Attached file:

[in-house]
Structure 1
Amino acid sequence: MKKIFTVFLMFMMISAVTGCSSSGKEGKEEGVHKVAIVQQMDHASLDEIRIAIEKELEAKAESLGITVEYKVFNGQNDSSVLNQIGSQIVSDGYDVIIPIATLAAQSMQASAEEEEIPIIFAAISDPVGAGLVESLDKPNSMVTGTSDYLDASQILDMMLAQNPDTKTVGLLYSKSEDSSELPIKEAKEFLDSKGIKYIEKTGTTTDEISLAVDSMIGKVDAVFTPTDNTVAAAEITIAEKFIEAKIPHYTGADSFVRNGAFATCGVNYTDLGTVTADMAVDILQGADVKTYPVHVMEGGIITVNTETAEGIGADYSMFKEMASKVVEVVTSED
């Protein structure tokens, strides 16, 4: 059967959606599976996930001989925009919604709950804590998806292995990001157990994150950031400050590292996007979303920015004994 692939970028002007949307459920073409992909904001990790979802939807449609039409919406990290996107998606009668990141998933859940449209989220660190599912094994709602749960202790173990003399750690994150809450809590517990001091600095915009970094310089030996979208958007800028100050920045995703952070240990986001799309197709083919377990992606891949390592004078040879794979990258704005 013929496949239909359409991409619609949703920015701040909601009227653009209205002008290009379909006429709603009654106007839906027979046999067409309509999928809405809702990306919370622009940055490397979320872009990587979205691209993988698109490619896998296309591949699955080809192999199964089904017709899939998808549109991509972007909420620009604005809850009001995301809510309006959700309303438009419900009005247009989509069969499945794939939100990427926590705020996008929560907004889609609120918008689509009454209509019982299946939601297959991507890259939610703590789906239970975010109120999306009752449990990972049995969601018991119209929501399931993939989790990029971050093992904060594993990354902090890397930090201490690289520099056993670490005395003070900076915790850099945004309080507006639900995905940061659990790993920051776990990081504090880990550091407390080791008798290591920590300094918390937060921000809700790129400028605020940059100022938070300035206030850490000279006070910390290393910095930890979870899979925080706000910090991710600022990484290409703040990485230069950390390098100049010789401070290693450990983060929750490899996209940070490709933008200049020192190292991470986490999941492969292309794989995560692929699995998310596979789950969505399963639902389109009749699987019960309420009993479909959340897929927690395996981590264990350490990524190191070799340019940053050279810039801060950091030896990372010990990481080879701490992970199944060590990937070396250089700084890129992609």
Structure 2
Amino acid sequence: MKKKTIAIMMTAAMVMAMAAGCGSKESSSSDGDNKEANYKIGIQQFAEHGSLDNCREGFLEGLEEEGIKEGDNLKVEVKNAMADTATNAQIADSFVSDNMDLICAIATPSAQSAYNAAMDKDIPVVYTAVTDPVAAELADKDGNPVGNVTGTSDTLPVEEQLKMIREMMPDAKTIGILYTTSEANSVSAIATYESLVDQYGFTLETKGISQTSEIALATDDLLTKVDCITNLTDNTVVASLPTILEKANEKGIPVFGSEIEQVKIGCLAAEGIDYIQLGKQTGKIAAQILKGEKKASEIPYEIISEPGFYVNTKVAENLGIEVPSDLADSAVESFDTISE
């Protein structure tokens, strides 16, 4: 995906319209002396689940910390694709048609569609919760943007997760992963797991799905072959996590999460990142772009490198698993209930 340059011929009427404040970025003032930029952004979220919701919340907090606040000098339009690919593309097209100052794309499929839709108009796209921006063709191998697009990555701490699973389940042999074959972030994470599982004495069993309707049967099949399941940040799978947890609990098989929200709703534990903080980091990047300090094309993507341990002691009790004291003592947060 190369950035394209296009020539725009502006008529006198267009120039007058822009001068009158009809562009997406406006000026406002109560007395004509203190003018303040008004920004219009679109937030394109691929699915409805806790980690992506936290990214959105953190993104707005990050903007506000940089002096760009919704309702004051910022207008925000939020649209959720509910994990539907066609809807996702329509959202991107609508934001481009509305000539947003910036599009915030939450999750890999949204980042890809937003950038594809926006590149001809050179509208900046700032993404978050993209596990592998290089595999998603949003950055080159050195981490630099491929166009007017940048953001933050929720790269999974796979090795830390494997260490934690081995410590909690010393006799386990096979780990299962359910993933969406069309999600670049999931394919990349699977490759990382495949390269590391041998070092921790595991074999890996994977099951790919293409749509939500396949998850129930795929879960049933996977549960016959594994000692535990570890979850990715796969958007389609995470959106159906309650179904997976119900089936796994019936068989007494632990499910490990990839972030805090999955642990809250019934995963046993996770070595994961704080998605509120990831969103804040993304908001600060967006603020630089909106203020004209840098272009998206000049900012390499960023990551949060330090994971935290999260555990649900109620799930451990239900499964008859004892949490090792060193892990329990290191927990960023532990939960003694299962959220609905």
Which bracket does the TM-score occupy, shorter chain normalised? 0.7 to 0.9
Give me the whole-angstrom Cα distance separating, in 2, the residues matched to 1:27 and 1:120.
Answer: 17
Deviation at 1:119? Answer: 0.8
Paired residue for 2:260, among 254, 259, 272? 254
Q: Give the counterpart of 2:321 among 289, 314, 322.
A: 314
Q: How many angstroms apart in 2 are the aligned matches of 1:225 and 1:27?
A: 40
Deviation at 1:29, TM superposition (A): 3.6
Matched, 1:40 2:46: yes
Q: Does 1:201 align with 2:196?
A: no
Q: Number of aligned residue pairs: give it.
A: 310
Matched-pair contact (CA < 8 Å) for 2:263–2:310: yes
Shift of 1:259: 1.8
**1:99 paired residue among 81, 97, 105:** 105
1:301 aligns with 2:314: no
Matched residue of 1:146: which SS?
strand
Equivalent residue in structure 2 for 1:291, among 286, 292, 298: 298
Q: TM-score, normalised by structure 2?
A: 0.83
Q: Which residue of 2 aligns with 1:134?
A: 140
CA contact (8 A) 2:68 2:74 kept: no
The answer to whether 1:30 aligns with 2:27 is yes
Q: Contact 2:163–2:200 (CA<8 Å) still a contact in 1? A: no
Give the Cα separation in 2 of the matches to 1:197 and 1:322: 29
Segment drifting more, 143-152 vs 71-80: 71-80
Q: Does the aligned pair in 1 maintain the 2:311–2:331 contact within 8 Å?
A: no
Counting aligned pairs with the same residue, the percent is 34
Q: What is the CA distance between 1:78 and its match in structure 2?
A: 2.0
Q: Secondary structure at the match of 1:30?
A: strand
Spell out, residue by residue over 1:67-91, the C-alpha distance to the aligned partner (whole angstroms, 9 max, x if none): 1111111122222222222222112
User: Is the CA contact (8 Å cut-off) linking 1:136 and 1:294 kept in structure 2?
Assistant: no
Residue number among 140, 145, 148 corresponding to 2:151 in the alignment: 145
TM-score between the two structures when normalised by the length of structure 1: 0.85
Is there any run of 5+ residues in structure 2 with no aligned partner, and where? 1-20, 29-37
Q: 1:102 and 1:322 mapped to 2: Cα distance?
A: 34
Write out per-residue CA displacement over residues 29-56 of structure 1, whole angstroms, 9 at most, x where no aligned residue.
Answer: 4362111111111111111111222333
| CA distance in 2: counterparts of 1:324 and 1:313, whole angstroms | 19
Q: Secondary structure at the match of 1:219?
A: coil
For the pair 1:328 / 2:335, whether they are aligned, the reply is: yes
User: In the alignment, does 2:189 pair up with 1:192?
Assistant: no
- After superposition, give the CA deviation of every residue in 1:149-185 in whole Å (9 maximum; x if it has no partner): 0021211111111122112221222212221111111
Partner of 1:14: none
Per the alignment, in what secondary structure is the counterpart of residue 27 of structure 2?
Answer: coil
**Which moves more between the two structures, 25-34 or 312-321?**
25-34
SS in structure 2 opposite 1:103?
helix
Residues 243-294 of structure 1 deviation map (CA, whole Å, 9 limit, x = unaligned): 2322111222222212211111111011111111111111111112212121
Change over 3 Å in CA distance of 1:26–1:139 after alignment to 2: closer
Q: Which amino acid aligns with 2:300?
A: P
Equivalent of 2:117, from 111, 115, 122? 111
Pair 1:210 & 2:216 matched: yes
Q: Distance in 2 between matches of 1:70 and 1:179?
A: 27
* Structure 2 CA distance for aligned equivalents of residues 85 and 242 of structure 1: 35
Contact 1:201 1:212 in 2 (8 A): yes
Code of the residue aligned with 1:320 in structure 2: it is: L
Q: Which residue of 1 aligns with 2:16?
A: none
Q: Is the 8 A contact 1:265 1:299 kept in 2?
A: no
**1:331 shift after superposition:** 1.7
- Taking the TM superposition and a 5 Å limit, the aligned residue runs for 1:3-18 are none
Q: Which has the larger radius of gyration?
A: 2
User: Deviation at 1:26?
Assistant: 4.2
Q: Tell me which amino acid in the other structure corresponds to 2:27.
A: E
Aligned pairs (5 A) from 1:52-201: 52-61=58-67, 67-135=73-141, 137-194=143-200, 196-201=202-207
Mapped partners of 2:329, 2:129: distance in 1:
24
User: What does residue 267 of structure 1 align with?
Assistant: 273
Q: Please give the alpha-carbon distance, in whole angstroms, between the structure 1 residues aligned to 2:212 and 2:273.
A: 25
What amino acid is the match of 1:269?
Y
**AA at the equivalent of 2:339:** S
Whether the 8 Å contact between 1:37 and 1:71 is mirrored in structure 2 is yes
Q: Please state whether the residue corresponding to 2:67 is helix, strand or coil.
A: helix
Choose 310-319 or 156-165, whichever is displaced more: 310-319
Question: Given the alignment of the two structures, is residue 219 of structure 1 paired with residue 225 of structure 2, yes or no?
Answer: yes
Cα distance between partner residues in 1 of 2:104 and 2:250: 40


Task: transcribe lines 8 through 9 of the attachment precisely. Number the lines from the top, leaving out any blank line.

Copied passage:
Which bracket does the TM-score occupy, shorter chain normalised? 0.7 to 0.9
Give me the whole-angstrom Cα distance separating, in 2, the residues matched to 1:27 and 1:120.